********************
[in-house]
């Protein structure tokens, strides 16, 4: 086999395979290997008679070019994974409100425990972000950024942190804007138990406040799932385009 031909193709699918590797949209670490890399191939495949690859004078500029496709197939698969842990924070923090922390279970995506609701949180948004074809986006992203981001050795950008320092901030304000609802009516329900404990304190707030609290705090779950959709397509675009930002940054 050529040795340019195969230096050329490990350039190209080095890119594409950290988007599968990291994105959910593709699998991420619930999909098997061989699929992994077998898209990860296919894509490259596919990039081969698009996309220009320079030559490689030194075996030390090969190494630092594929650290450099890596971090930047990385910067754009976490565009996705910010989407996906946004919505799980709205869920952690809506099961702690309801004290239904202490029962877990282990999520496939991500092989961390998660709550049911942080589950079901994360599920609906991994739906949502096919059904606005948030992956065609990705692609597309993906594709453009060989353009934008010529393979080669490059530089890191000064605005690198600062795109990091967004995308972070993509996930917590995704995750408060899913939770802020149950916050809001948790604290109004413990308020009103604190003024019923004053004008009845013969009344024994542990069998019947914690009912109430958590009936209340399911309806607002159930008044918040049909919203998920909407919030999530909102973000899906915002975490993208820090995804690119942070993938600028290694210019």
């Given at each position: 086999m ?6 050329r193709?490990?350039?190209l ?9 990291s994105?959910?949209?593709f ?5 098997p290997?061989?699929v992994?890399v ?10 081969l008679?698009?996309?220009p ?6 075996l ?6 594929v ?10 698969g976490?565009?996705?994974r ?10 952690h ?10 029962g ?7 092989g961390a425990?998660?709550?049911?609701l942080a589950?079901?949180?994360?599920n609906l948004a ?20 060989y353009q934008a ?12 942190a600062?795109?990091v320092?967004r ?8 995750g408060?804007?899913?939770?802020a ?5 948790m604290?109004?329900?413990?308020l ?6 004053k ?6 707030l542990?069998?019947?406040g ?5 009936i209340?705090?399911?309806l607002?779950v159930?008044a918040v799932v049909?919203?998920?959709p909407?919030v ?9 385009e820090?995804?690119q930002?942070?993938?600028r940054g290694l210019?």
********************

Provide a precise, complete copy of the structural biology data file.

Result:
[in-house]
């Protein structure tokens, strides 16, 4: 086999395979290997008679070019994974409100425990972000950024942190804007138990406040799932385009 031909193709699918590797949209670490890399191939495949690859004078500029496709197939698969842990924070923090922390279970995506609701949180948004074809986006992203981001050795950008320092901030304000609802009516329900404990304190707030609290705090779950959709397509675009930002940054 050529040795340019195969230096050329490990350039190209080095890119594409950290988007599968990291994105959910593709699998991420619930999909098997061989699929992994077998898209990860296919894509490259596919990039081969698009996309220009320079030559490689030194075996030390090969190494630092594929650290450099890596971090930047990385910067754009976490565009996705910010989407996906946004919505799980709205869920952690809506099961702690309801004290239904202490029962877990282990999520496939991500092989961390998660709550049911942080589950079901994360599920609906991994739906949502096919059904606005948030992956065609990705692609597309993906594709453009060989353009934008010529393979080669490059530089890191000064605005690198600062795109990091967004995308972070993509996930917590995704995750408060899913939770802020149950916050809001948790604290109004413990308020009103604190003024019923004053004008009845013969009344024994542990069998019947914690009912109430958590009936209340399911309806607002159930008044918040049909919203998920909407919030999530909102973000899906915002975490993208820090995804690119942070993938600028290694210019």
């Given at each position: 086999m ?6 050329r193709?490990?350039?190209l ?9 990291s994105?959910?949209?593709f ?5 098997p290997?061989?699929v992994?890399v ?10 081969l008679?698009?996309?220009p ?6 075996l ?6 594929v ?10 698969g976490?565009?996705?994974r ?10 952690h ?10 029962g ?7 092989g961390a425990?998660?709550?049911?609701l942080a589950?079901?949180?994360?599920n609906l948004a ?20 060989y353009q934008a ?12 942190a600062?795109?990091v320092?967004r ?8 995750g408060?804007?899913?939770?802020a ?5 948790m604290?109004?329900?413990?308020l ?6 004053k ?6 707030l542990?069998?019947?406040g ?5 009936i209340?705090?399911?309806l607002?779950v159930?008044a918040v799932v049909?919203?998920?959709p909407?919030v ?9 385009e820090?995804?690119q930002?942070?993938?600028r940054g290694l210019?």